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Solicitors' duty of care: Binding mediation agreement

David Frost v Wake Smith & Tofields
19 June 2013
Court of Appeal

In this decision involving solicitors' duty of care, the Court of Appeal held that a solicitor had not been negligent in failing to obtain a binding agreement at a first mediation meeting, though it would normally be part of a solicitor's duty to advise his client of the nature of the mediation process and of the status of any agreement reached. Alexia Drew comments on the case.


For around 20 years the Claimant, David Frost, and his brother, Ron Frost, had owned a number of joint business and property interests.

However, by 2003, the brothers‟ relationship had broken down. Having engaged in acrimonious correspondence and been unable to agree an effective division of their interests, the brothers each instructed solicitors to act on their behalf. The Claimant instructed Mr Serby, a partner of the Defendant firm, to act on his behalf in relation to the dispute.

A mediation subsequently took place at the Defendant’s office, during which a resolution was reached. The brothers signed a written agreement reflecting the terms of that resolution.

There did, however, remain a number of issues upon which further clarification and agreement was required, including the identification of certain assets, the treatment of tax consequences and the treatment of various third party interests.

It subsequently emerged that the Claimant’s brother did not consider himself to be bound by the agreement. Mr Serby therefore instructed Counsel to provide an opinion as to whether it might be possible to obtain an order for specific performance of the mediation agreement. Counsel advised that it would not be possible to do so.

However, having threatened to proceed with an application for specific performance (despite Counsel’s advice to the contrary), it was agreed that a second mediation would take place. At that second mediation a much more detailed agreement was drawn up and signed by the brothers (although even this did encounter some difficulties and certain tax consequences still remained outstanding).

The Claimant subsequently alleged that the Defendant had acted negligently when drafting the first mediation agreement. The High Court held that the Defendant was not negligent. The Claimant appealed to the Court of Appeal.

Court of Appeal findings

The Court of Appeal dismissed the Claimant’s appeal and held that the Defendant had not been negligent. The Court considered that the Defendant could not have recorded the terms of the agreement at the first mediation in a manner which would have rendered it enforceable, since the terms were not sufficiently defined or certain to be capable of being legally binding. There needed therefore to be further detailed terms which may or may not have been agreed by the brothers.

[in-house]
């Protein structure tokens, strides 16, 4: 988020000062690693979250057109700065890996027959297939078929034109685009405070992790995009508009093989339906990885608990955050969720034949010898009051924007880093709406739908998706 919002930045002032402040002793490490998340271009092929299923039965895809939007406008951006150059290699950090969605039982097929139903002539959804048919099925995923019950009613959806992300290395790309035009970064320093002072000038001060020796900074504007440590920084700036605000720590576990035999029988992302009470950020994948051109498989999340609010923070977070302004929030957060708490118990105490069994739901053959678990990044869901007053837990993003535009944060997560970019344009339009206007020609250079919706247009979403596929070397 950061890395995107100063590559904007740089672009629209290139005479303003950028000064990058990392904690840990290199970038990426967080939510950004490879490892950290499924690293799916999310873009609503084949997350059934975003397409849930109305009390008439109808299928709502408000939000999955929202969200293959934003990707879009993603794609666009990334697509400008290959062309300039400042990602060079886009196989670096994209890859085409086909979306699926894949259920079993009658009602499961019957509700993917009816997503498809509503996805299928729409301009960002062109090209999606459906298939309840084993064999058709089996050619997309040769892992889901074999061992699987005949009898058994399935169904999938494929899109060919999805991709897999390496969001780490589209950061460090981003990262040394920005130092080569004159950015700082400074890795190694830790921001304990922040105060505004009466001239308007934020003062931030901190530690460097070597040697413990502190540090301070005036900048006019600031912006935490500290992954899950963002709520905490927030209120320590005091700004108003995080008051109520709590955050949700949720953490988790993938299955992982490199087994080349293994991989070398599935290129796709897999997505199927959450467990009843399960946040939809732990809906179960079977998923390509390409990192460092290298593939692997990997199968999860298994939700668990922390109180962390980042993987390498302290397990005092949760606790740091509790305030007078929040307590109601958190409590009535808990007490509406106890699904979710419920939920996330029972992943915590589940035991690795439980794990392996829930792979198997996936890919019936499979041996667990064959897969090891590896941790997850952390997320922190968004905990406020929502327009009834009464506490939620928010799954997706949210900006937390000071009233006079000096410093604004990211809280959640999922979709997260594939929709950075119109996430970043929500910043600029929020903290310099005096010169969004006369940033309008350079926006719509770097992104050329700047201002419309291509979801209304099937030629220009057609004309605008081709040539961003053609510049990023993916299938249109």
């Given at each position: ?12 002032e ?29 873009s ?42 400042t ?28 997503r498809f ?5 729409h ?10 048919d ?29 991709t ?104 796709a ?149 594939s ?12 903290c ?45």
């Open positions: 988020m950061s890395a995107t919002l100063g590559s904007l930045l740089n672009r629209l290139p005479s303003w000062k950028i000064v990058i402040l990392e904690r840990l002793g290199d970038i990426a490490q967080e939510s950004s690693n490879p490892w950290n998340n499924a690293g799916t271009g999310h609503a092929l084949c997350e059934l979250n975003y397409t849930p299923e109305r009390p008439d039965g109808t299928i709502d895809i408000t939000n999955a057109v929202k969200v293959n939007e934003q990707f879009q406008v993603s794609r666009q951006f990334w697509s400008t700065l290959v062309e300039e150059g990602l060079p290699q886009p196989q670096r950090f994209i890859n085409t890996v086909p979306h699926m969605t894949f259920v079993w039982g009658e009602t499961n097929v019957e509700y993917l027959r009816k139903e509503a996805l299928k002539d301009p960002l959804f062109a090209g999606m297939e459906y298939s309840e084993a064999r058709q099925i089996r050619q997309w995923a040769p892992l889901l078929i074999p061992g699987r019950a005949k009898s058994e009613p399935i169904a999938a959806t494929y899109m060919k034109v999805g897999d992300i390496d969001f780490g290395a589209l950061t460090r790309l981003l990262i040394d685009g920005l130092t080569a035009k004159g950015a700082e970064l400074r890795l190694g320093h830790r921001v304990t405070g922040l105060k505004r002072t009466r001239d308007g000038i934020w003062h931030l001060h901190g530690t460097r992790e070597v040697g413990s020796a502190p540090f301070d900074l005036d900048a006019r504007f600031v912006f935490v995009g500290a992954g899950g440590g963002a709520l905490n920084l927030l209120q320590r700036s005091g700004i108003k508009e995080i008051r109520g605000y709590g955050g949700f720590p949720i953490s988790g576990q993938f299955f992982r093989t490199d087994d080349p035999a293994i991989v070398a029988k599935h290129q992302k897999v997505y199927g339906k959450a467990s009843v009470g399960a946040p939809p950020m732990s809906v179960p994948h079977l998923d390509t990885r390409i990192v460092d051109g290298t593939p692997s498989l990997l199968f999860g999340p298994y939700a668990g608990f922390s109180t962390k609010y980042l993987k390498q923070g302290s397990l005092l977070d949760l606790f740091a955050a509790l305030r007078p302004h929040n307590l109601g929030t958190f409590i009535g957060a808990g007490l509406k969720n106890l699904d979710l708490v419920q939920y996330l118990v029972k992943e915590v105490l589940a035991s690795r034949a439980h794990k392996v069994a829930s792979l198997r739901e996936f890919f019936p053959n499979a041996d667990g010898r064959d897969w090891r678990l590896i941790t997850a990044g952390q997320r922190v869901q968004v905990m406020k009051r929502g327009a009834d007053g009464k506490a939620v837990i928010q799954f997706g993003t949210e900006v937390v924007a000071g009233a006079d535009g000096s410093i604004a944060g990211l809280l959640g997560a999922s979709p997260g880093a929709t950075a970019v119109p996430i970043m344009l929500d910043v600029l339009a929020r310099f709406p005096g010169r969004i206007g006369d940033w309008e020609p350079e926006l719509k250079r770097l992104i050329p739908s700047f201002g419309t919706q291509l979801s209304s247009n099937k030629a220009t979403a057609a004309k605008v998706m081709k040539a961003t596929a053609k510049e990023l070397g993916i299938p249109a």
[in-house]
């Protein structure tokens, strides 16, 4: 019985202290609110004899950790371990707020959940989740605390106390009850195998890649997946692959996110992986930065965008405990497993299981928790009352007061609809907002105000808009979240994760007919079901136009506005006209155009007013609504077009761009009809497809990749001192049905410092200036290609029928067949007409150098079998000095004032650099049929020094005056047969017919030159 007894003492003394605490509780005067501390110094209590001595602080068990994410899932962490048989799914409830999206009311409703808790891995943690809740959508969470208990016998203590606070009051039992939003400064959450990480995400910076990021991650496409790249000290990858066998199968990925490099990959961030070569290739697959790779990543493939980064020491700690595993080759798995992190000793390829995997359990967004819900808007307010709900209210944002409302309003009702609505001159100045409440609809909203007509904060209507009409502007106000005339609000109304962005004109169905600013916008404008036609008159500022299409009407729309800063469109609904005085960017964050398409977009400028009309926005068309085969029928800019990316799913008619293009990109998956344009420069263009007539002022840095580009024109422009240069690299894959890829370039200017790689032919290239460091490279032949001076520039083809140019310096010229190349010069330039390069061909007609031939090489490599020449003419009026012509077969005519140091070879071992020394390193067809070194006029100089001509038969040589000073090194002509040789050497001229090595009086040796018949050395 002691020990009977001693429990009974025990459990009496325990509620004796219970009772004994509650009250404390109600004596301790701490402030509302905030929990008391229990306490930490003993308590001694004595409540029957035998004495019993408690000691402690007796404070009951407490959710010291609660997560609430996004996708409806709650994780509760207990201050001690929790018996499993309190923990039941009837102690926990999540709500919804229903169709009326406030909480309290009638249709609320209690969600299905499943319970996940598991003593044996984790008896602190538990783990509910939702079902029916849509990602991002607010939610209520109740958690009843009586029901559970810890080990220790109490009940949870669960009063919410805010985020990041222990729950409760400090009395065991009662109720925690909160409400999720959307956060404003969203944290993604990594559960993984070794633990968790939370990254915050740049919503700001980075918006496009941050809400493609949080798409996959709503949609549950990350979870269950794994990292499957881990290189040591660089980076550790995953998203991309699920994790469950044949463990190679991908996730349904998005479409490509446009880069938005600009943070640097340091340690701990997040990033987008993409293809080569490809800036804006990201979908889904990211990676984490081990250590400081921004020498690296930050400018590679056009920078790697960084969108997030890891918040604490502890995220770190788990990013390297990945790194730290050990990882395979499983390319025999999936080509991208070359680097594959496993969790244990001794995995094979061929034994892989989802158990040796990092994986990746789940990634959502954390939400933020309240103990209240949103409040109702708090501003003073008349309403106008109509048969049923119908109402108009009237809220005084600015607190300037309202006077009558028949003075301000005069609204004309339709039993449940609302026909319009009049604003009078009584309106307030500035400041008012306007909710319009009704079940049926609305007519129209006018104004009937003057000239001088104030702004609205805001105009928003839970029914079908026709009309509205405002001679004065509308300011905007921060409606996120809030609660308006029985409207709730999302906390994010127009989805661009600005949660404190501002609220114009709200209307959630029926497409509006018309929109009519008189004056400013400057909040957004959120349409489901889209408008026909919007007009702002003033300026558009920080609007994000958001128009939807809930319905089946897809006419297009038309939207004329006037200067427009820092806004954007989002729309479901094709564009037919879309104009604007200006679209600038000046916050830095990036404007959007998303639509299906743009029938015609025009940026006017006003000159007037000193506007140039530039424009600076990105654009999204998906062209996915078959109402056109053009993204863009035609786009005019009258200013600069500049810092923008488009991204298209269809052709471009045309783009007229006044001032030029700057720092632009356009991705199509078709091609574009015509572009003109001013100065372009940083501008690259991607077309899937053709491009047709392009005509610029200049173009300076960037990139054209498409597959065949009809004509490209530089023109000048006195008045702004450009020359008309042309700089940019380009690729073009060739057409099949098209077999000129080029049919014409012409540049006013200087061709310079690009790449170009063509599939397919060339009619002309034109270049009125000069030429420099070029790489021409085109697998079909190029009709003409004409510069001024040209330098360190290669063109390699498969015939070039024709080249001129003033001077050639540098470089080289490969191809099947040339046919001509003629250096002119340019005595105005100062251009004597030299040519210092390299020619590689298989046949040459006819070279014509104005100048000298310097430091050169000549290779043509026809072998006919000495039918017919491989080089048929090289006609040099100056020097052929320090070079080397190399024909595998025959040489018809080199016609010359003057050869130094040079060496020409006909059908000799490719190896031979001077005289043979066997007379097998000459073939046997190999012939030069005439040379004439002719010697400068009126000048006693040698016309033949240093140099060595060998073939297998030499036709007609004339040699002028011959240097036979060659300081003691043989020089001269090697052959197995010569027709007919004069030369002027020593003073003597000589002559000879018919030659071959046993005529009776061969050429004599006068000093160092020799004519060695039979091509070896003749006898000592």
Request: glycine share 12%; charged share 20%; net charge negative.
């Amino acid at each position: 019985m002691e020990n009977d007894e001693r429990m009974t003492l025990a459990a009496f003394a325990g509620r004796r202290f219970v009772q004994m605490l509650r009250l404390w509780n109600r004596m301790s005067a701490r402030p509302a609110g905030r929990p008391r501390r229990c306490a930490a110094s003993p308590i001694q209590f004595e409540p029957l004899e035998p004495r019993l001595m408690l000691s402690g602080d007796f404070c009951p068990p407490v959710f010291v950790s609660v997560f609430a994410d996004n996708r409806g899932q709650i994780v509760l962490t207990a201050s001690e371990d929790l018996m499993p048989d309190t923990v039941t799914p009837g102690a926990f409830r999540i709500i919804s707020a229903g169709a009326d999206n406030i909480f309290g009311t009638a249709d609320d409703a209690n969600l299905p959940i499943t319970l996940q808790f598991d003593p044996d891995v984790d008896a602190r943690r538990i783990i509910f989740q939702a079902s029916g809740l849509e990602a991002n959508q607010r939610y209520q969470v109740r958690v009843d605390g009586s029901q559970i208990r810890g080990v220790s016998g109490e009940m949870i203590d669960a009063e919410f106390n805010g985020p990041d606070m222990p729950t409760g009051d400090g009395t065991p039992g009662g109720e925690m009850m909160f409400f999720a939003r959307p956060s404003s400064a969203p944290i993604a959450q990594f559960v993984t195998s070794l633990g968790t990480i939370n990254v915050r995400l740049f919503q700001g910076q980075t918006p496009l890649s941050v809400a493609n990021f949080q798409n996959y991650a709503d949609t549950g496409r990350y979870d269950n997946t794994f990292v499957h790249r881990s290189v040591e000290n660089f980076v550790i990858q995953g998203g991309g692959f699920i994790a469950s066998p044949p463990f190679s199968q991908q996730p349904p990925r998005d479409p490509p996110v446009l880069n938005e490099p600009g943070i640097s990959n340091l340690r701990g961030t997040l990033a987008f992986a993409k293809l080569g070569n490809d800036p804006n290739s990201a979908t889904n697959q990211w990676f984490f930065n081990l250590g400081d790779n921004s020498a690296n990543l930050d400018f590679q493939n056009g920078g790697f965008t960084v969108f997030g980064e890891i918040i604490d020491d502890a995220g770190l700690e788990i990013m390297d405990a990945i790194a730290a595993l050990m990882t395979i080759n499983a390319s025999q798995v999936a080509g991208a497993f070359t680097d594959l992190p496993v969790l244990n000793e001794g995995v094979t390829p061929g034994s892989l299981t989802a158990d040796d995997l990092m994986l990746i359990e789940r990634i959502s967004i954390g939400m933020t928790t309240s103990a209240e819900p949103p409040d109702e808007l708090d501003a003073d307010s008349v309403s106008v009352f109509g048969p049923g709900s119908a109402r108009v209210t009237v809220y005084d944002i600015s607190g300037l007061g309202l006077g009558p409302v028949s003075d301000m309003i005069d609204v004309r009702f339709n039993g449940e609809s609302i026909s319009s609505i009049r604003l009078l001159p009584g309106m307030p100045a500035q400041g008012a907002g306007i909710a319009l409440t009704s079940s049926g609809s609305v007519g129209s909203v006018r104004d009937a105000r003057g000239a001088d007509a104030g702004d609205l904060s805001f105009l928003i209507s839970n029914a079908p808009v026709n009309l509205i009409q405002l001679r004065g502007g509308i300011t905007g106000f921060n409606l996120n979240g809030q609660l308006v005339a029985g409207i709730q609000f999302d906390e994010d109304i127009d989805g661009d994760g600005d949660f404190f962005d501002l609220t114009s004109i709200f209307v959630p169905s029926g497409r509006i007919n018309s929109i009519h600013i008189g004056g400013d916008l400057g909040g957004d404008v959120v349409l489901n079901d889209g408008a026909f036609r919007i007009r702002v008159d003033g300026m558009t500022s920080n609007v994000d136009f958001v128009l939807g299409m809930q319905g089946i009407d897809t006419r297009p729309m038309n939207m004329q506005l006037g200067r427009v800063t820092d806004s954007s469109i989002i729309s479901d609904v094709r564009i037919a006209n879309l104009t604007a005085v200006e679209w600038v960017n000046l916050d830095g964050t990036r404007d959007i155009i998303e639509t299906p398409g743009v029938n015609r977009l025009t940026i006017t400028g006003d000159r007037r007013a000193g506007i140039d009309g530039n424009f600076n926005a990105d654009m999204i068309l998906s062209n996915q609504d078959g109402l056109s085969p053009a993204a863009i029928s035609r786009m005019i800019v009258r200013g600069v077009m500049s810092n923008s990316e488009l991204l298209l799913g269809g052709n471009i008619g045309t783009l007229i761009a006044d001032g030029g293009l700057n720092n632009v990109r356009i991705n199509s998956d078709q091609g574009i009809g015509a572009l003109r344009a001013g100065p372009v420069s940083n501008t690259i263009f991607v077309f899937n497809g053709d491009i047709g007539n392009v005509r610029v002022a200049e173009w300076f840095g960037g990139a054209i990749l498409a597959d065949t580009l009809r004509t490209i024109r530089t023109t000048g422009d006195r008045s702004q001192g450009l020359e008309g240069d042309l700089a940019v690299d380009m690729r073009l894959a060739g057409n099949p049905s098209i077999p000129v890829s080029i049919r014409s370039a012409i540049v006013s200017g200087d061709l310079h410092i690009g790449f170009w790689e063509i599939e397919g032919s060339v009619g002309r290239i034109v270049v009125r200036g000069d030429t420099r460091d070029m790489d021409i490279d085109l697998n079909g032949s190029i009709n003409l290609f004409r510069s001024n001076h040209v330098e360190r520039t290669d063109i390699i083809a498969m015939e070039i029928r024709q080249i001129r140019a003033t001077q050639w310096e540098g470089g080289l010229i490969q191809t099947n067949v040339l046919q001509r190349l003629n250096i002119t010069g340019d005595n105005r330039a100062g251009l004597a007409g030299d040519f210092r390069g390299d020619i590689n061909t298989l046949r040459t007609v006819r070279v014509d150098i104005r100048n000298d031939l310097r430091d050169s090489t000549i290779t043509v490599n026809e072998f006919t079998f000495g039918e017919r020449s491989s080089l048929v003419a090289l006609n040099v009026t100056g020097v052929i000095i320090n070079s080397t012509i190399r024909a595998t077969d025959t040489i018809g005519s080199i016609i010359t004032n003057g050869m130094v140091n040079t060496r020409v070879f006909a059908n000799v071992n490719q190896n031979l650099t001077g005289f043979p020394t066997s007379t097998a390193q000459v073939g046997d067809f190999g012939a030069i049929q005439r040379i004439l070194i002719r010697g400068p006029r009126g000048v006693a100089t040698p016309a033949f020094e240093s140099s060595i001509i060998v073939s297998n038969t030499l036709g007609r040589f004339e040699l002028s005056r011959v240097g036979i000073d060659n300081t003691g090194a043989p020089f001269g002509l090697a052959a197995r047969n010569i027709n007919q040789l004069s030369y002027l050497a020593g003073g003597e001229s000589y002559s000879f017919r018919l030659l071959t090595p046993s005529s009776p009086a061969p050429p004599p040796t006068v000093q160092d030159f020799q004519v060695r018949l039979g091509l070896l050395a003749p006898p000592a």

The Court further concluded that the Defendant was not under a duty to obtain all of the necessary factual and legal information, prior to mediation, to enable such an enforceable agreement to be reached.

However, the Court emphasised that it would, of course, still be part of a solicitor’s duty to advise a client as to the nature of the process and of the status of any agreement reached as a result, at mediation. However, in this instance, the Claimant did not allege that the Defendant had failed in his duty to properly advise his client as to the unenforceable nature of the outcome of the first mediation.


This decision will provide some comfort to the legal profession when representing clients at mediation. It also provides a reminder that mediation ultimately aims to assist the parties to reach a pragmatic solution but that failure to reach a binding or enforceable agreement does not necessarily mean that the mediation was unsuccessful.

Notably, the Court considered that mediation has proved to be a flexible and immensely valuable process of dispute resolution. The Court also noted that it would be regrettable if any decision of the Court would “cause practitioners to approach the process of mediation with anything other than maximum flexibility”.

However, the Court’s decision did also indicate that it may have considered the issue differently if there had been a breach of the solicitor’s duty to advise a client as to the nature of the process and of the status of any agreement reached at the mediation. This provides a reminder to legal practitioners as to the importance of clearly advising their clients as to the mediation process and the possibility that any agreement may need further clarification and detail before it can become enforceable.

For further information please contact Alexia Drew, DWF Fishburns on 0117 301 7395 or at alexia.drew@dwffishburns.co.uk

By Alexia Drew

This information is intended as a general discussion surrounding the topics covered and is for guidance purposes only. It does not constitute legal advice and should not be regarded as a substitute for taking legal advice. DWF is not responsible for any activity undertaken based on this information.